The Forbes article also implies that Veritas' success with this deal has drawn Cerberus into the sector. Insiders know better, that Cerberus has been trying to do a high-level acquisition in this space for several years, backing IAP's acquisition spree en route to its (unsuccessful) bid on LOGCAP, as well as some aborted attempts in the security services sector.
Forbes reports that IBM has purchased the National Interest Security Company (NISC) from DC Capital Partners. NISC specializes in mostly classified contracts helping intelligence organizations manage and secure data and information systems. When the deal closes during Q1 this year, DC Capital will realize $180M on its original investment of $19.6M less than 3 years ago.
The same article describes the NISC sale as particularly important win for former Veritas Capital founder Thomas Campbell, who left Veritas to found DC Capital after being squeezed out by then partner Robert McKeon. Campbell and McKeon led the 2005 buyout and subsequent IPO of DynCorp International. The former partners separated after Campbell was forced off the DynCorp board. See prior Defense Ventures article here.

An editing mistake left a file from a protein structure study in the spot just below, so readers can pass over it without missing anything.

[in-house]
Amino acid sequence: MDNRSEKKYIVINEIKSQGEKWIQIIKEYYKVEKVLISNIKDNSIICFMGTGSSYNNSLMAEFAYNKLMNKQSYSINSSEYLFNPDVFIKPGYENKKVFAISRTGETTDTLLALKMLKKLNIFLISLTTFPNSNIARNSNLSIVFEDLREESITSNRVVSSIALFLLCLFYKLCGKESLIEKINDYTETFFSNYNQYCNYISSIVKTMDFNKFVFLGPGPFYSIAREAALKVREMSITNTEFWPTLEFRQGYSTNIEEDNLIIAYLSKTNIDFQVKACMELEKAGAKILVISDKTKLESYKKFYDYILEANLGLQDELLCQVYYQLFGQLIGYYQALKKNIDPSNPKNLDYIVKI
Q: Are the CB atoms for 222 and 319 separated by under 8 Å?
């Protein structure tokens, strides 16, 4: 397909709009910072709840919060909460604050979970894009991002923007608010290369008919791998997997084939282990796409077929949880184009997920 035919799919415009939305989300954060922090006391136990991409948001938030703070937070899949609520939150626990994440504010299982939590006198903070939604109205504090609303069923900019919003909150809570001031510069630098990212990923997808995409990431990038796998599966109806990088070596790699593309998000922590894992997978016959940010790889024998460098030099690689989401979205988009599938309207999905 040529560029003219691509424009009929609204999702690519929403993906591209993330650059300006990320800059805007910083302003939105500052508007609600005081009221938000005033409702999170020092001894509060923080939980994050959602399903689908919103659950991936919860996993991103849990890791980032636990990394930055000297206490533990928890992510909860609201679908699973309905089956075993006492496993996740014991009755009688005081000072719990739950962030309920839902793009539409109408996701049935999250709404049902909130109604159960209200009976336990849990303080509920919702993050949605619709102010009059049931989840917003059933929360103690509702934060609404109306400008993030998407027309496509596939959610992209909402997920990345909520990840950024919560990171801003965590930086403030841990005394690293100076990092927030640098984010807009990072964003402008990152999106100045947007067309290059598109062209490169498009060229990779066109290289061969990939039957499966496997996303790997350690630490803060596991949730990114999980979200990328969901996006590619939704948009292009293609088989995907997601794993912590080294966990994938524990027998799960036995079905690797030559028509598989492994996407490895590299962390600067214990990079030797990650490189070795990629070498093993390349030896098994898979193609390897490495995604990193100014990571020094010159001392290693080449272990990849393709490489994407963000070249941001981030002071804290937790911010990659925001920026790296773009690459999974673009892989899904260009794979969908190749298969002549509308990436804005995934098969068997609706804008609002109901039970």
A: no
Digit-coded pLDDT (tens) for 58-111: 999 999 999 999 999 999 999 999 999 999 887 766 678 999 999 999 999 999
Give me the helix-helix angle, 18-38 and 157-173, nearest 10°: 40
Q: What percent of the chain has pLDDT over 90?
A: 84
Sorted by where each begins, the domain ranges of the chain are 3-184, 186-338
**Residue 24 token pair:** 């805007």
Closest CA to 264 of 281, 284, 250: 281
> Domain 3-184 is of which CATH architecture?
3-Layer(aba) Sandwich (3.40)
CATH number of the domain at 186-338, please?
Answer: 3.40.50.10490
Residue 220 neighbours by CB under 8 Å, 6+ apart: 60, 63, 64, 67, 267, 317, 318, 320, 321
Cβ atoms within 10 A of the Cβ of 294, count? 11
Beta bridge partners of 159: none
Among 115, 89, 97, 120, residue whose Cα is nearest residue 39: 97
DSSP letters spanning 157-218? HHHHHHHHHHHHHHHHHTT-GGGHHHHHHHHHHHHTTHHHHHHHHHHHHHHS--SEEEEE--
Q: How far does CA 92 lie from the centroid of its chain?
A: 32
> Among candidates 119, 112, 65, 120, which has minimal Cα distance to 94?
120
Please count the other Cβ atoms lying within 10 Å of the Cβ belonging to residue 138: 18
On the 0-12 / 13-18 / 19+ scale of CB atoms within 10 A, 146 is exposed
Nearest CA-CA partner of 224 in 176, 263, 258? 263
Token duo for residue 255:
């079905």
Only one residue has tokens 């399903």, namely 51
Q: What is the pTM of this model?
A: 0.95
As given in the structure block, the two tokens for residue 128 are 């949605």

Forbes continues its positive coverage of DynCorp International with an article providing a basic overview of their position on the LOGCAP IV contract and recent award of the Afghanistan-South task orders on that contract.
"DynCorp has emerged as one of the big winners of the wars in Iraq and Afghanistan, which now generate 53% of DynCorp's $3.1 billion of annual revenue. The company's revenue grew 45% last year thanks to a 51%-owned joint venture that has a multiyear $4.6 billion contract to supply 9,100 linguists to translate for U.S. soldiers in Iraq."